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CSKT’s Big Arm position affirmed in federal court

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 News from CSKT 

PABLO – Last year, over the objections of the Confederated Salish and Kootenai Tribes, Lake County granted an access to a developer who proposed an RV park next to the village of Big Arm. 

The tribes objected because Lake County neither owned the property underlying the easement nor had jurisdiction over it. That land was reserved to CSKT in 1855 in the Treaty of Hellgate, for the CSKT’s exclusive use.

Federal Judge Dana Christensen affirmed the tribes’ position in a careful, articulate and well-reasoned opinion. CSKT Chairwoman Shelly R. Fyant said the decision is a good reminder that the Hellgate Treaty between CSKT and the US Government remains strong and that there is a set process to gain access to tribal lands that must be followed.

The developer did not bother to apply to the tribes for a road permit. Instead, as the court found: “Lundeen applied to the county for a permit … [but] she informed the court that she did not, for some inexplicable reason, apply to or otherwise attempt communication with the tribes. Although, the tribal representative to the Lake County Board of Commissioners raised concerns to the board and to Lundeen about access to the proposed RV park through Big Arm. The Board issued its conditional approval of the Wild Horse RV Resort Subdivision on May 16, 2018,” page 13 of the court ruling.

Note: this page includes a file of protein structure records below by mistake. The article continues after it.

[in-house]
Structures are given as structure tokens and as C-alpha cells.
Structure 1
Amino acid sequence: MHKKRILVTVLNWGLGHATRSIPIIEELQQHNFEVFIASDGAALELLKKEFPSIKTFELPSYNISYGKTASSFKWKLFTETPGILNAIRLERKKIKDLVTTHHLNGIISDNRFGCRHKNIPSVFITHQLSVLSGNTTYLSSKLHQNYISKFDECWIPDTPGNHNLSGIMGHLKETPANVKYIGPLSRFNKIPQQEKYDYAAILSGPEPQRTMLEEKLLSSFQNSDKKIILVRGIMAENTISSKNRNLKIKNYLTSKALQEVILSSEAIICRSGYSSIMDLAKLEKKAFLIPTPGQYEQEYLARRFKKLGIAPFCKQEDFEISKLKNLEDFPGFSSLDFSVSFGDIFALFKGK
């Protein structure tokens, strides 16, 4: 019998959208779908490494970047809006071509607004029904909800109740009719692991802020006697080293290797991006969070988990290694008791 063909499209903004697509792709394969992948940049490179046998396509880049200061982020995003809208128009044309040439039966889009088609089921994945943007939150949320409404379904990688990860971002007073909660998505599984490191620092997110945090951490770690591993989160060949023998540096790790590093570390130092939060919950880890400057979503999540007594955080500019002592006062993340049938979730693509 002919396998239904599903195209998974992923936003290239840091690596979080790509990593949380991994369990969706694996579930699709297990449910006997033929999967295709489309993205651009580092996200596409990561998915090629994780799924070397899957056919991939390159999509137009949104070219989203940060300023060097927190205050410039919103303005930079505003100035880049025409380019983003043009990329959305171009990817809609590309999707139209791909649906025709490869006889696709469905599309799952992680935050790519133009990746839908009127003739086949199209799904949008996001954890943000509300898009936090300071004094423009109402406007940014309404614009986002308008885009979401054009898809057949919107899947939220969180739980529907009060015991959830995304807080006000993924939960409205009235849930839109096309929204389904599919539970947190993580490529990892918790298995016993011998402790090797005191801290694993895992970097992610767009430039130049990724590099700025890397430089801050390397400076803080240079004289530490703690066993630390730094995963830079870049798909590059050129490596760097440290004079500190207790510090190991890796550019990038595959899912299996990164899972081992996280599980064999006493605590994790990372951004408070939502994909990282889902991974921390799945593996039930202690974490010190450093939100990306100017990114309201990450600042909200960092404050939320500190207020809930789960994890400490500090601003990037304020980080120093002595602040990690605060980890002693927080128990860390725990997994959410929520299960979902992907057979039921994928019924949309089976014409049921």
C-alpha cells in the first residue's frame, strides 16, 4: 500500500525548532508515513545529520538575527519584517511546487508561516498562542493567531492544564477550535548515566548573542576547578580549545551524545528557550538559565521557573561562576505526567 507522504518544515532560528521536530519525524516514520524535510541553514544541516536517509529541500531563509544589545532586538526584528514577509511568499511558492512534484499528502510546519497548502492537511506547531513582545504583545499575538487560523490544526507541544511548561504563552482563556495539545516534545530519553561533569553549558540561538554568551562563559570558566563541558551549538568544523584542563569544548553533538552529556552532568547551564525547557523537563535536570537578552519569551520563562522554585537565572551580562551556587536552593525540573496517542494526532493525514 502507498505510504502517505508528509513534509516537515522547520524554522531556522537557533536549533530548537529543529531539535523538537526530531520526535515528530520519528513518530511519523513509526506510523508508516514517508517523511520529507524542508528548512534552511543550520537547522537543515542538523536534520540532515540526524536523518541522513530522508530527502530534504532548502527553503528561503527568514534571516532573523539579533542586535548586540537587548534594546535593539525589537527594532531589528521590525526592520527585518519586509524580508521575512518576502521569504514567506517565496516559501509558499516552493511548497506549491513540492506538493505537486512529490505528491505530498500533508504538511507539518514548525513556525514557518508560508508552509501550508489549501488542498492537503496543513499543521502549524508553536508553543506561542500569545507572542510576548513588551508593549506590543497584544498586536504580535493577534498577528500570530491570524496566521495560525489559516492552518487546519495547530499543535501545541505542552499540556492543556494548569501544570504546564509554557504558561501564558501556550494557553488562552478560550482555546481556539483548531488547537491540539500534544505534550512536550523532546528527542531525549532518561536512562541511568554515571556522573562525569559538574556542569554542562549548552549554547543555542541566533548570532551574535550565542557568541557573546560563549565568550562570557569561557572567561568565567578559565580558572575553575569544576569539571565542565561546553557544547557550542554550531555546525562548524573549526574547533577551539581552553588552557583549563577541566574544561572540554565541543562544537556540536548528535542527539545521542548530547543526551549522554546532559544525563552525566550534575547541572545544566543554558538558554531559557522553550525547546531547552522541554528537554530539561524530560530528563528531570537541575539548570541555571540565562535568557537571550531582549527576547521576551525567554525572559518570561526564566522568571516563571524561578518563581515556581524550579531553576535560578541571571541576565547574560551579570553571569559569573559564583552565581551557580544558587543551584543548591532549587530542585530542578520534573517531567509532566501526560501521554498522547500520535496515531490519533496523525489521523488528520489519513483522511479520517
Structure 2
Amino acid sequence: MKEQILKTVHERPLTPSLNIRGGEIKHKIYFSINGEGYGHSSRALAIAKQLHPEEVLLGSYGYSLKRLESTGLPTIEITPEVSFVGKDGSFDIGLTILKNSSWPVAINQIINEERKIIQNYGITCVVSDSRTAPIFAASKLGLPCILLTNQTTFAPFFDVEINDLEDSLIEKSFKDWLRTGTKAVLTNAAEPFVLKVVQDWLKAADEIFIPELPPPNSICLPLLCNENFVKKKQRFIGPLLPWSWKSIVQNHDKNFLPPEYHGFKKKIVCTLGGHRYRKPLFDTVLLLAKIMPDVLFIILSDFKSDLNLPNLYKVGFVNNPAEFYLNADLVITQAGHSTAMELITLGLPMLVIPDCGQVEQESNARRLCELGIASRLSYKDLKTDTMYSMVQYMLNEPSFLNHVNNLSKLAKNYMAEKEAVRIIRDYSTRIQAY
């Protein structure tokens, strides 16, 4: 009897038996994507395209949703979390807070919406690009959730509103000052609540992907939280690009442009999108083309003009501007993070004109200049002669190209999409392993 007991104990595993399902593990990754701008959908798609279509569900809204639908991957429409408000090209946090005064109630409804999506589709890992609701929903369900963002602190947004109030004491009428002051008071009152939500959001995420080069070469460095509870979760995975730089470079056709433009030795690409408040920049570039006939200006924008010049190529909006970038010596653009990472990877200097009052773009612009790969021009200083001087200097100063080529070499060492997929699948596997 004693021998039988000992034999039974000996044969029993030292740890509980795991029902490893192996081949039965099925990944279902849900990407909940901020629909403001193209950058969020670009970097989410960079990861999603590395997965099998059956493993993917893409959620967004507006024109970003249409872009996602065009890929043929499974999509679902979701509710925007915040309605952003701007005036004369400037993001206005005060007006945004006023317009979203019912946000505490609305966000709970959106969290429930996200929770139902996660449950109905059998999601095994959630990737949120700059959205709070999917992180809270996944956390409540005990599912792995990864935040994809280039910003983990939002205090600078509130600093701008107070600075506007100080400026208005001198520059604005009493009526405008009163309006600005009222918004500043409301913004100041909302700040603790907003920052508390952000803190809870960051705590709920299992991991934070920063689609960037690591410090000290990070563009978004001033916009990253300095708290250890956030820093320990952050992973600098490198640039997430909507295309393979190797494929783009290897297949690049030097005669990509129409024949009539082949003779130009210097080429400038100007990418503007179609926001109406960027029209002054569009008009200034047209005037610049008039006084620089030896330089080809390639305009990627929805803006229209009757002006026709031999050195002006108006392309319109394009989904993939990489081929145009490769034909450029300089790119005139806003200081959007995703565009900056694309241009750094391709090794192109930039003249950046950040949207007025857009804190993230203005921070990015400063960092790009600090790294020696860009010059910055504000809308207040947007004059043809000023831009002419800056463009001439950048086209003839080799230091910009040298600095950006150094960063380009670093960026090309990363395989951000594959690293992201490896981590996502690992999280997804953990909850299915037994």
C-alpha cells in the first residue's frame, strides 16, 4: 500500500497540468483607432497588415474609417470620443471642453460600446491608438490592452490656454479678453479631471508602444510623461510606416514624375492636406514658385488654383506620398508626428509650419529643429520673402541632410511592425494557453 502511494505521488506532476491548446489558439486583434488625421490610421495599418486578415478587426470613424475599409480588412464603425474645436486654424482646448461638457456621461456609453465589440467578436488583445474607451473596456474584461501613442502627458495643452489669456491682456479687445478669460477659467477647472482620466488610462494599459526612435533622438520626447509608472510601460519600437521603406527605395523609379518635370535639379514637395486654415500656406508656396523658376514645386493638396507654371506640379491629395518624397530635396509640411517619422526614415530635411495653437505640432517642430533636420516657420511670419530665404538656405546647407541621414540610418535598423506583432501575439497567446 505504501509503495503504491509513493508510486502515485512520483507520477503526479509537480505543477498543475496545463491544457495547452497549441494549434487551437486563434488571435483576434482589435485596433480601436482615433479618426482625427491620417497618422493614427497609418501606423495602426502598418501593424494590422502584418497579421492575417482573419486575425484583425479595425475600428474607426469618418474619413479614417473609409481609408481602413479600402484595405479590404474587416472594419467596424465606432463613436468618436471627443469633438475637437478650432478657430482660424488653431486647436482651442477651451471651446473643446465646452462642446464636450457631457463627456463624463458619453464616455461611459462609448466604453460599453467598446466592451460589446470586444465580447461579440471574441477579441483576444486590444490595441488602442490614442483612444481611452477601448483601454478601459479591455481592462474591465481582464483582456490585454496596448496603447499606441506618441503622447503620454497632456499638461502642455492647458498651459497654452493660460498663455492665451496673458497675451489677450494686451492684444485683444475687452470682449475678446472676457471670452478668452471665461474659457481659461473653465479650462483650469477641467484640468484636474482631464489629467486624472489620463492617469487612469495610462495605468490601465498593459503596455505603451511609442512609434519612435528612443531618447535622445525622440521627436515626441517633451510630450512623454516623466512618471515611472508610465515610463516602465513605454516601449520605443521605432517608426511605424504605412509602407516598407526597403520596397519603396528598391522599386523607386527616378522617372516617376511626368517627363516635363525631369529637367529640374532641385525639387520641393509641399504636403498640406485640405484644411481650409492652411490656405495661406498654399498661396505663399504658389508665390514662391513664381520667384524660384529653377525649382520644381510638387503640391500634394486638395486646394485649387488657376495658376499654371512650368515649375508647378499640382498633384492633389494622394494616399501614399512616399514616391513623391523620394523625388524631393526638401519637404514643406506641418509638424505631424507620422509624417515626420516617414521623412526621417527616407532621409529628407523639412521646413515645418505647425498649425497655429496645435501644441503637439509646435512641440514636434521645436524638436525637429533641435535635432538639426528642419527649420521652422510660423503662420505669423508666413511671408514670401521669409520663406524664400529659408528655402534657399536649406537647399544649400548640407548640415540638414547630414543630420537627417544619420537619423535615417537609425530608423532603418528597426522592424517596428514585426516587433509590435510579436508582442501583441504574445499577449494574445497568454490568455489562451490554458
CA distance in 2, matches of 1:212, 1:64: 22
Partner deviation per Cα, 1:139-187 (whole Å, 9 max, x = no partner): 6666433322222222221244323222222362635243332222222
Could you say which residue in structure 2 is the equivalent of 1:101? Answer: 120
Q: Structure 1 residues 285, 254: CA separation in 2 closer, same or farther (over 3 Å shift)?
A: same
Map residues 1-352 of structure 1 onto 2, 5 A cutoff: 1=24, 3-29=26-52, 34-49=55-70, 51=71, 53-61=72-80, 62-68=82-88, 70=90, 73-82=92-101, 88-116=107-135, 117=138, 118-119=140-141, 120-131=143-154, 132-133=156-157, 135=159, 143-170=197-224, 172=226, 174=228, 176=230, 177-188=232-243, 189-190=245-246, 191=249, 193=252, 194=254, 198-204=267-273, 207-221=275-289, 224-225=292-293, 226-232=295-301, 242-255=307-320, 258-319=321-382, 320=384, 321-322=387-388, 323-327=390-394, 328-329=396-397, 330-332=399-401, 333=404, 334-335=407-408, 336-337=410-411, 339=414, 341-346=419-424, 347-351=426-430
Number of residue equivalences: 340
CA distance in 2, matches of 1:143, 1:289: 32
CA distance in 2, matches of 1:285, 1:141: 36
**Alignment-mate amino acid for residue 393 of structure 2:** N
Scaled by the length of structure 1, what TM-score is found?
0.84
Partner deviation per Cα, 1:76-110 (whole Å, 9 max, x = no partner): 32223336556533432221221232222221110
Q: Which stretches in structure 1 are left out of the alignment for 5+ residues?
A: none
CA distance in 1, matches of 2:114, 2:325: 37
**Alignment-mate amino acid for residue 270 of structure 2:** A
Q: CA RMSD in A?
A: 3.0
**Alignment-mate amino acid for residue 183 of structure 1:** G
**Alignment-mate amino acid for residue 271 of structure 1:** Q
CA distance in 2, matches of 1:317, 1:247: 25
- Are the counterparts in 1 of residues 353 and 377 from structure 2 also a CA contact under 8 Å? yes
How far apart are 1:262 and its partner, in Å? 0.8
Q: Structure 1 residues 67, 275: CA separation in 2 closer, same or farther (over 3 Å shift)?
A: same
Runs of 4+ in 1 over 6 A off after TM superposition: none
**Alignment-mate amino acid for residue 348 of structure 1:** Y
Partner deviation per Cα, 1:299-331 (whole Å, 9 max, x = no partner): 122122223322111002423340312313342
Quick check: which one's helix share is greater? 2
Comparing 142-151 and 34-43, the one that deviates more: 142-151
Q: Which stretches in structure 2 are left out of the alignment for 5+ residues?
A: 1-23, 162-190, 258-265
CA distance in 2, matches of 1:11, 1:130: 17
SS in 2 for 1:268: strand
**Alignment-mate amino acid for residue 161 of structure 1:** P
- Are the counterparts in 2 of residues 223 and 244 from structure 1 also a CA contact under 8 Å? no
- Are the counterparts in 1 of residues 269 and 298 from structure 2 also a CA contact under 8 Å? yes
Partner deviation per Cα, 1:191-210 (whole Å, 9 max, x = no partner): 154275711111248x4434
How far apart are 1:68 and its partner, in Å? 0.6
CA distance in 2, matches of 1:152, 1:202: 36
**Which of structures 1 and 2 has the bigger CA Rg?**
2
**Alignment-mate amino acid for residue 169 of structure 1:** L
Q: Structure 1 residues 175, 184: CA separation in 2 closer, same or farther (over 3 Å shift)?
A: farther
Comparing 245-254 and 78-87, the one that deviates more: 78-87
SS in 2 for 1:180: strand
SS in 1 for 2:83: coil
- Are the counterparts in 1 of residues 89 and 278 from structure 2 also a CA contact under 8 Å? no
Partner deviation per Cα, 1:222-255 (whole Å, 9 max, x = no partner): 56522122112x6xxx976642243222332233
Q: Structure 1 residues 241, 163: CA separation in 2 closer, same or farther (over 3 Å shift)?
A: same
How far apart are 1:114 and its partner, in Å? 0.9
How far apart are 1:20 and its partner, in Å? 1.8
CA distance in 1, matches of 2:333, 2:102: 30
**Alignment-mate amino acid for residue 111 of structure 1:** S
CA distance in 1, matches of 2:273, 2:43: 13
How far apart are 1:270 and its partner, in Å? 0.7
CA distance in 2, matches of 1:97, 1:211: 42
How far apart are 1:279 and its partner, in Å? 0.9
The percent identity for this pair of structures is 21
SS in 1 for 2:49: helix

Lundeen commenced construction until CSKT placed a gate blocking access, the BIA issued a trespass notice to Lundeen’s contractor, and the matter soon landed in court.

“I hope Lake County accepts the court’s decision and stops these futile efforts that are reminiscent of the ‘paternalistic and racist attitudes towards indigenous peoples’ that have no use in modern-day times,” said Chairwoman Fyant. “We are both here to stay and we need to find ways to co-exist and work together for the good of all the people that live and work on the Flathead Indian Reservation. Fighting in court is not a responsible use of taxpayer dollars.”

In the decision, Judge Christensen wrote, “[I]t hardly makes sense that a hundred-plus-year-old plat, which marks long-abandoned plans and a rightfully discarded assimilationist policy, can give a county the authority to unilaterally approve a new road through tribal land today,” page 21 of the document.

CSKT attorney Jim Goetz said, “I have had the privilege of working with the tribes and their very competent legal staff since the early 1980s. The tribes are smart, sophisticated and vigilant about their rights. Most important, they have been reasonable in their attempts to work with the counties and with the state, and I think they will continue to do so, but they must be met halfway. Unfortunately, that has not always been the case in the past.” 

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